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Myths Surrounding Holistic Wellness

Myths Surrounding Holistic Wellness



Holistic wellness





When talking about health and wellness, the dialogue is split into two unnecessarily opposite sides: western medicine and holistic medicine. In this sense, it is important to debunk a few myths surrounding holistic wellness.


As with every aspect of Western culture that has become “dominant,” or “mainstream,” the realm of what the latter considers “alternative” is often deligitimised for not being the dominant school of thought.


While there is no question whatsoever that Western medicine has come a long way in making the world a safer place for everyone in many respects, in as much as it extends lifespans and has found has made significant breakthroughs. However, there is still much it leaves out, many questions it does not ask and many objectives it does not consider.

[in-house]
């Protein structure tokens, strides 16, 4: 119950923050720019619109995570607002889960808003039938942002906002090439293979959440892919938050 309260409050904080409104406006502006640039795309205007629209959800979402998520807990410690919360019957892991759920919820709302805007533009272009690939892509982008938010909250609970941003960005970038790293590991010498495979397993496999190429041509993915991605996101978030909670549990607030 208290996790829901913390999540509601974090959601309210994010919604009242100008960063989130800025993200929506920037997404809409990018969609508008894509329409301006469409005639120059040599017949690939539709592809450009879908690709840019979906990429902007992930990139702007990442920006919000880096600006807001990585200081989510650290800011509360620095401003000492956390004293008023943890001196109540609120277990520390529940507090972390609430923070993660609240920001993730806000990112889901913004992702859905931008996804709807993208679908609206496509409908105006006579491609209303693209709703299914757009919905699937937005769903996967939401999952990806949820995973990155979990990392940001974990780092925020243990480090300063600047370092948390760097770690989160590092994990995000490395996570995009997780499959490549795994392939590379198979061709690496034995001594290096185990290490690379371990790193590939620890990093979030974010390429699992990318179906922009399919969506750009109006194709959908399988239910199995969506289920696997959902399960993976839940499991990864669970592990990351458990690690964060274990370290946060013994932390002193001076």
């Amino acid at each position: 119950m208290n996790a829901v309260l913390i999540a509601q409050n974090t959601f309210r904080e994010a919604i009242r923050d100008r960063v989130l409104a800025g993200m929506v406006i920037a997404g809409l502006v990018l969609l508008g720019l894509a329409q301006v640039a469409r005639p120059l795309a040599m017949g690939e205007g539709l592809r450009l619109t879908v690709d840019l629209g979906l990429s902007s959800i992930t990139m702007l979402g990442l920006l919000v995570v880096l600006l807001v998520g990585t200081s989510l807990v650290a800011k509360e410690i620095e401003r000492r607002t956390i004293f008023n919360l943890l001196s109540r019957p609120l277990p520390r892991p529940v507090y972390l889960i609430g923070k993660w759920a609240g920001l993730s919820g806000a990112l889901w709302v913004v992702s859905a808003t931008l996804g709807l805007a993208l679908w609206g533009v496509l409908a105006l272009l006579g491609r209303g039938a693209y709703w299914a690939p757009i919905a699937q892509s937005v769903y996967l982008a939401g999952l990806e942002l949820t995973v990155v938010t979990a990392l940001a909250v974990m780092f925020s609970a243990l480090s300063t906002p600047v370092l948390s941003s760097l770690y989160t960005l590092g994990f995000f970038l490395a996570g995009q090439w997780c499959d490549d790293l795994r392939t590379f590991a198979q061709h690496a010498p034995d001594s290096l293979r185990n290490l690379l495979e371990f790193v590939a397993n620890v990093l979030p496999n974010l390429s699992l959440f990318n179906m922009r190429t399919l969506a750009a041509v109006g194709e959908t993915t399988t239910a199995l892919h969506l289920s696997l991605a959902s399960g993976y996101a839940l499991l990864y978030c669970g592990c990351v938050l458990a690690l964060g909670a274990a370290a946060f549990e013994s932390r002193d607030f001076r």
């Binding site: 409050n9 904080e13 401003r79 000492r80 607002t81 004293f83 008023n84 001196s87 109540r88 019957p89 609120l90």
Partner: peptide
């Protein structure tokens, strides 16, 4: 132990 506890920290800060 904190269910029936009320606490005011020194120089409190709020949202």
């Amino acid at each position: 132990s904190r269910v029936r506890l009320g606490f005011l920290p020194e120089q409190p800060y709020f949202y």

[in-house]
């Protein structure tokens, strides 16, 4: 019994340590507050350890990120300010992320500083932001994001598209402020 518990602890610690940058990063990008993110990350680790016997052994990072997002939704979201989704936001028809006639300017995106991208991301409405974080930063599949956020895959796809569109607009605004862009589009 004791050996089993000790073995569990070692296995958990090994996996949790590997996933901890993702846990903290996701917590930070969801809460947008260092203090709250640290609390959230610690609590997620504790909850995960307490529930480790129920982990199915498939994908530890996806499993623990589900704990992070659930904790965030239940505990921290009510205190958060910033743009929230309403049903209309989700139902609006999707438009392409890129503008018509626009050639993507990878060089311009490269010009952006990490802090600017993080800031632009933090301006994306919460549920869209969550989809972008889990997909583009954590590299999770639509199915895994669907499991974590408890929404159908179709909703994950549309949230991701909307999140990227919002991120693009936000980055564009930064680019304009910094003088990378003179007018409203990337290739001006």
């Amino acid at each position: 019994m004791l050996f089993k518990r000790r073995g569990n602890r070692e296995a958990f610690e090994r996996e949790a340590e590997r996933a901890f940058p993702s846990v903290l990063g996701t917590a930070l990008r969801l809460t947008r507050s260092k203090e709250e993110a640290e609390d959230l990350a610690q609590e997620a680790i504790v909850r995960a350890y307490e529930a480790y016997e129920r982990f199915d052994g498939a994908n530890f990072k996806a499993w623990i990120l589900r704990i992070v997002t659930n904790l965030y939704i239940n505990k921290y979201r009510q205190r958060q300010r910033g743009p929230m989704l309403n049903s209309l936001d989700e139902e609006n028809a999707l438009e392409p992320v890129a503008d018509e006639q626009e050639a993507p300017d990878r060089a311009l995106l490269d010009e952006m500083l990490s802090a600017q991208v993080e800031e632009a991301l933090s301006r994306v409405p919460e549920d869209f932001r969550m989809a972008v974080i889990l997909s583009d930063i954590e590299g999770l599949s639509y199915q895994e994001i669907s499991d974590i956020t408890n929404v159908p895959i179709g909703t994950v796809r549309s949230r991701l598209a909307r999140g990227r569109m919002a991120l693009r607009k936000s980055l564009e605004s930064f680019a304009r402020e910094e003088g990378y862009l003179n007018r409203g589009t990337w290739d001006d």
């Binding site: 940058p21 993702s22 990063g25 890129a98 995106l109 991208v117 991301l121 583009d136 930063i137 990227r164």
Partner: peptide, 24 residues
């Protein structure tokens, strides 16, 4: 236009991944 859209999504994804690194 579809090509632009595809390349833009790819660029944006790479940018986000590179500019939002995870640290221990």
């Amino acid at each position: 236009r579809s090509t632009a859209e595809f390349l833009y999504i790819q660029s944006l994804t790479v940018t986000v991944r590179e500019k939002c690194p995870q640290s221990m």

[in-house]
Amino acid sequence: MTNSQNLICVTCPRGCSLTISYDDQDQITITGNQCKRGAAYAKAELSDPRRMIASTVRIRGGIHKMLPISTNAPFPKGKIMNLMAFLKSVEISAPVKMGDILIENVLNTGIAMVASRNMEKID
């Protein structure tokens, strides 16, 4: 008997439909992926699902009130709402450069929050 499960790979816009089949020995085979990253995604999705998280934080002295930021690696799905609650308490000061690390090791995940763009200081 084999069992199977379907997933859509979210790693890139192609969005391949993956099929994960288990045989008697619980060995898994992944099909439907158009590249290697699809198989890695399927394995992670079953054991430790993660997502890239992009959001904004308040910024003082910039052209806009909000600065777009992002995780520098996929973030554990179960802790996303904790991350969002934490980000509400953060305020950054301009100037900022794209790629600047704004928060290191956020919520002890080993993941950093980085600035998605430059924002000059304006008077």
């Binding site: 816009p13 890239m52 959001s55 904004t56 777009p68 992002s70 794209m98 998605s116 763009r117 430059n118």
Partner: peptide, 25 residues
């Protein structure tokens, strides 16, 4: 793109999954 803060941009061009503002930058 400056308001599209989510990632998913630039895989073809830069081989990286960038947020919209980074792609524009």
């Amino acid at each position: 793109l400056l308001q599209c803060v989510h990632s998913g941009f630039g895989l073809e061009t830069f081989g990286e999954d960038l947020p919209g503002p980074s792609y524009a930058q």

In this sense, many of us have been raised to think in binary terms: that to be healthy, for example, is simply to not be sick. What many physicians and thinkers have discovered in the last three decades points increasingly in the direction of shattering such black and white, either/or thinking.


Holistic Wellness: More Than Just Physical Health

Therefore, a holistic approach towards health will always focus on all the questions and areas not taken into account by Western diagnostic standards, providing alternatives to prescription drugs which focus only on the alleviation of symptoms. Holistic medicine focuses on the root causes of the word “disease,” which ultimately means to be ill at ease—a concept that should go well beyond the physical realm and consider the emotional, intellectual and spiritual spheres. 


Here at Ibogaine Treatment UK (a subsidiary of Tabula Rasa Retreat) we aim to treat a variety of conditions that affect not only the body, but also the mind and the spirit. These range from addiction, mental illness, down to self-harm: conditions that just as often beg as they are denied a holistic approach that looks at all areas of a patient’s life-history to find the underlying root causes.